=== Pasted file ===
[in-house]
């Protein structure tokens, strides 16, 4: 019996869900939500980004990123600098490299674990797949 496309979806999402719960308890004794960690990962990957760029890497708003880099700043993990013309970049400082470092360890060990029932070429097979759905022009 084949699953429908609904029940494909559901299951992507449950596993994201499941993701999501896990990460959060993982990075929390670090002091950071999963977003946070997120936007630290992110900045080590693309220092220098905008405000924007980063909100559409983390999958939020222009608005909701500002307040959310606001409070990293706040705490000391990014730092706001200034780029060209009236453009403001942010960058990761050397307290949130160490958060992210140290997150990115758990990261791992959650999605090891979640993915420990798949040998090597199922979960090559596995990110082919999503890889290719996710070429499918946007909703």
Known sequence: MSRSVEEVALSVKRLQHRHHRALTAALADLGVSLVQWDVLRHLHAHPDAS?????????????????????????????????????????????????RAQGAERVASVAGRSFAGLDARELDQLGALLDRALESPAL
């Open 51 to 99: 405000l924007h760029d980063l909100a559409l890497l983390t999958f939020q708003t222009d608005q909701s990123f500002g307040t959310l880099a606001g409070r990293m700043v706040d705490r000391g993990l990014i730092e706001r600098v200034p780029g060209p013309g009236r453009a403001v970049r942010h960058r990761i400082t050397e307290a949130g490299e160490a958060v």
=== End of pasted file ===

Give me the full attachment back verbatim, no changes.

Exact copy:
[in-house]
């Protein structure tokens, strides 16, 4: 019996869900939500980004990123600098490299674990797949 496309979806999402719960308890004794960690990962990957760029890497708003880099700043993990013309970049400082470092360890060990029932070429097979759905022009 084949699953429908609904029940494909559901299951992507449950596993994201499941993701999501896990990460959060993982990075929390670090002091950071999963977003946070997120936007630290992110900045080590693309220092220098905008405000924007980063909100559409983390999958939020222009608005909701500002307040959310606001409070990293706040705490000391990014730092706001200034780029060209009236453009403001942010960058990761050397307290949130160490958060992210140290997150990115758990990261791992959650999605090891979640993915420990798949040998090597199922979960090559596995990110082919999503890889290719996710070429499918946007909703």
Known sequence: MSRSVEEVALSVKRLQHRHHRALTAALADLGVSLVQWDVLRHLHAHPDAS?????????????????????????????????????????????????RAQGAERVASVAGRSFAGLDARELDQLGALLDRALESPAL
């Open 51 to 99: 405000l924007h760029d980063l909100a559409l890497l983390t999958f939020q708003t222009d608005q909701s990123f500002g307040t959310l880099a606001g409070r990293m700043v706040d705490r000391g993990l990014i730092e706001r600098v200034p780029g060209p013309g009236r453009a403001v970049r942010h960058r990761i400082t050397e307290a949130g490299e160490a958060v």